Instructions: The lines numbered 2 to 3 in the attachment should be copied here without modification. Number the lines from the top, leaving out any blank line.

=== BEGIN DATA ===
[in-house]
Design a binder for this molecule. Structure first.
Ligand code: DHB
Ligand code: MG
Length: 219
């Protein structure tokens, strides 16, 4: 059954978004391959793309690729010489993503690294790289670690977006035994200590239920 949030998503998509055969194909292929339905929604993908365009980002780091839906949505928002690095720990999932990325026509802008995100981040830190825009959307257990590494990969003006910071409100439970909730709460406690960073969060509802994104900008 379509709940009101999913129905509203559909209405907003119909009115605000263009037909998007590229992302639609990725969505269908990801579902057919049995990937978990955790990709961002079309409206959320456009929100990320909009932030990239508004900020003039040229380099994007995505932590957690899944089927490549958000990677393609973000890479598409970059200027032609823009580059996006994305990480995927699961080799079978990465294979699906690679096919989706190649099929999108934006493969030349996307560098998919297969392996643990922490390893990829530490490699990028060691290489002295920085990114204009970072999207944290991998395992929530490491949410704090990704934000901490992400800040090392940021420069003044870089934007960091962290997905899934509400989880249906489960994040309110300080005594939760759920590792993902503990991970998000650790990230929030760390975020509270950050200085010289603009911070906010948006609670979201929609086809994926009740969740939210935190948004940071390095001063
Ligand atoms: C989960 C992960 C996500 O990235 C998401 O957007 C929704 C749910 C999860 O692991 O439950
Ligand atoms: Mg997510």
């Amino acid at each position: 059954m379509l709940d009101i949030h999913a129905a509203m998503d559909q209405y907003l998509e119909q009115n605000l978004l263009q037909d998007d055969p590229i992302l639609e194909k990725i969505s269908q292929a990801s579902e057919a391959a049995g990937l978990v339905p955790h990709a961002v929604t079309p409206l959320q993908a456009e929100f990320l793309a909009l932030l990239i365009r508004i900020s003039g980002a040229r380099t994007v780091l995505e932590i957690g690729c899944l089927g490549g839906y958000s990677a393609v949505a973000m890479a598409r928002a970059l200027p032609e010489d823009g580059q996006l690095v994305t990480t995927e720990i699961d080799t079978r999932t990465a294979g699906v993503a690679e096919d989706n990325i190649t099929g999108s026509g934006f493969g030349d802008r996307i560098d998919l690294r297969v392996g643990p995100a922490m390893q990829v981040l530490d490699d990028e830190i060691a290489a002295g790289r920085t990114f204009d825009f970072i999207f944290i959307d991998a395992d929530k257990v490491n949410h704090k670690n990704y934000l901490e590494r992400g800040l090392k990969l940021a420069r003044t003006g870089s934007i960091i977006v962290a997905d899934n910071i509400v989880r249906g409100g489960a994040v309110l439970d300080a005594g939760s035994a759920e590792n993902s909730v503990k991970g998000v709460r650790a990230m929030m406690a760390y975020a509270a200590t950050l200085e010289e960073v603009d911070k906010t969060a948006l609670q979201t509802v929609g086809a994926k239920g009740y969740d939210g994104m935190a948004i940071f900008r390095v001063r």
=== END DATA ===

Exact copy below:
Design a binder for this molecule. Structure first.
Ligand code: DHB